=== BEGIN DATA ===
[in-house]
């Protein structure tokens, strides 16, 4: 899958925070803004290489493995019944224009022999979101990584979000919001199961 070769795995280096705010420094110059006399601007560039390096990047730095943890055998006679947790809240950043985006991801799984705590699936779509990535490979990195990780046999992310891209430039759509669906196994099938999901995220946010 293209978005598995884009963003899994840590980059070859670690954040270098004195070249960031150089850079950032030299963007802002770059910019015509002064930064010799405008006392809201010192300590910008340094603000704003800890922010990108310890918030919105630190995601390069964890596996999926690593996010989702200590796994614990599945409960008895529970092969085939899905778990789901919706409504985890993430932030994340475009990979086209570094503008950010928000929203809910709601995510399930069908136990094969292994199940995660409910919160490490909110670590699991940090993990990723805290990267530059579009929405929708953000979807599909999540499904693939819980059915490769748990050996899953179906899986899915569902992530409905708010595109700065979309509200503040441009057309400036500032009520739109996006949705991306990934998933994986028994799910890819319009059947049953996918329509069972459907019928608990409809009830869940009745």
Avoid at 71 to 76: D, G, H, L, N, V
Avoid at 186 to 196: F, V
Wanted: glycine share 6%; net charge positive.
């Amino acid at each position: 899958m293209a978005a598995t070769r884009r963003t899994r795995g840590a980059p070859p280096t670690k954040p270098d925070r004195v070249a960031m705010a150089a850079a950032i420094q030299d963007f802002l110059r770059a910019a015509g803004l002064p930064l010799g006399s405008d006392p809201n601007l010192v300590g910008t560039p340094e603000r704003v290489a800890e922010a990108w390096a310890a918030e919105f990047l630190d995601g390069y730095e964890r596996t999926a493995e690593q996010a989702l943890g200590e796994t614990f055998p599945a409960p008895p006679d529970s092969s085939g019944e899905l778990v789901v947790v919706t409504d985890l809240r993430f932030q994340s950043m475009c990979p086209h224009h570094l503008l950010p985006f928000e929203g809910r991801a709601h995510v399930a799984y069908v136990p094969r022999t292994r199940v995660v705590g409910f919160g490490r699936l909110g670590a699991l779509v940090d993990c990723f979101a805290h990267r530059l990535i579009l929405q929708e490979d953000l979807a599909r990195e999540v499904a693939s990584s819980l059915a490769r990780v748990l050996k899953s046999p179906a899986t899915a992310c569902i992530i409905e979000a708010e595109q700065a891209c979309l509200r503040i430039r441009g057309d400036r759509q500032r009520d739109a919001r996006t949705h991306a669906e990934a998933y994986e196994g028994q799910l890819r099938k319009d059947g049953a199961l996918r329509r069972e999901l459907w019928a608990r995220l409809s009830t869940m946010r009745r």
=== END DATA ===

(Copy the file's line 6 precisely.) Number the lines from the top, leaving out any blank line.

């Amino acid at each position: 899958m293209a978005a598995t070769r884009r963003t899994r795995g840590a980059p070859p280096t670690k954040p270098d925070r004195v070249a960031m705010a150089a850079a950032i420094q030299d963007f802002l110059r770059a910019a015509g803004l002064p930064l010799g006399s405008d006392p809201n601007l010192v300590g910008t560039p340094e603000r704003v290489a800890e922010a990108w390096a310890a918030e919105f990047l630190d995601g390069y730095e964890r596996t999926a493995e690593q996010a989702l943890g200590e796994t614990f055998p599945a409960p008895p006679d529970s092969s085939g019944e899905l778990v789901v947790v919706t409504d985890l809240r993430f932030q994340s950043m475009c990979p086209h224009h570094l503008l950010p985006f928000e929203g809910r991801a709601h995510v399930a799984y069908v136990p094969r022999t292994r199940v995660v705590g409910f919160g490490r699936l909110g670590a699991l779509v940090d993990c990723f979101a805290h990267r530059l990535i579009l929405q929708e490979d953000l979807a599909r990195e999540v499904a693939s990584s819980l059915a490769r990780v748990l050996k899953s046999p179906a899986t899915a992310c569902i992530i409905e979000a708010e595109q700065a891209c979309l509200r503040i430039r441009g057309d400036r759509q500032r009520d739109a919001r996006t949705h991306a669906e990934a998933y994986e196994g028994q799910l890819r099938k319009d059947g049953a199961l996918r329509r069972e999901l459907w019928a608990r995220l409809s009830t869940m946010r009745r």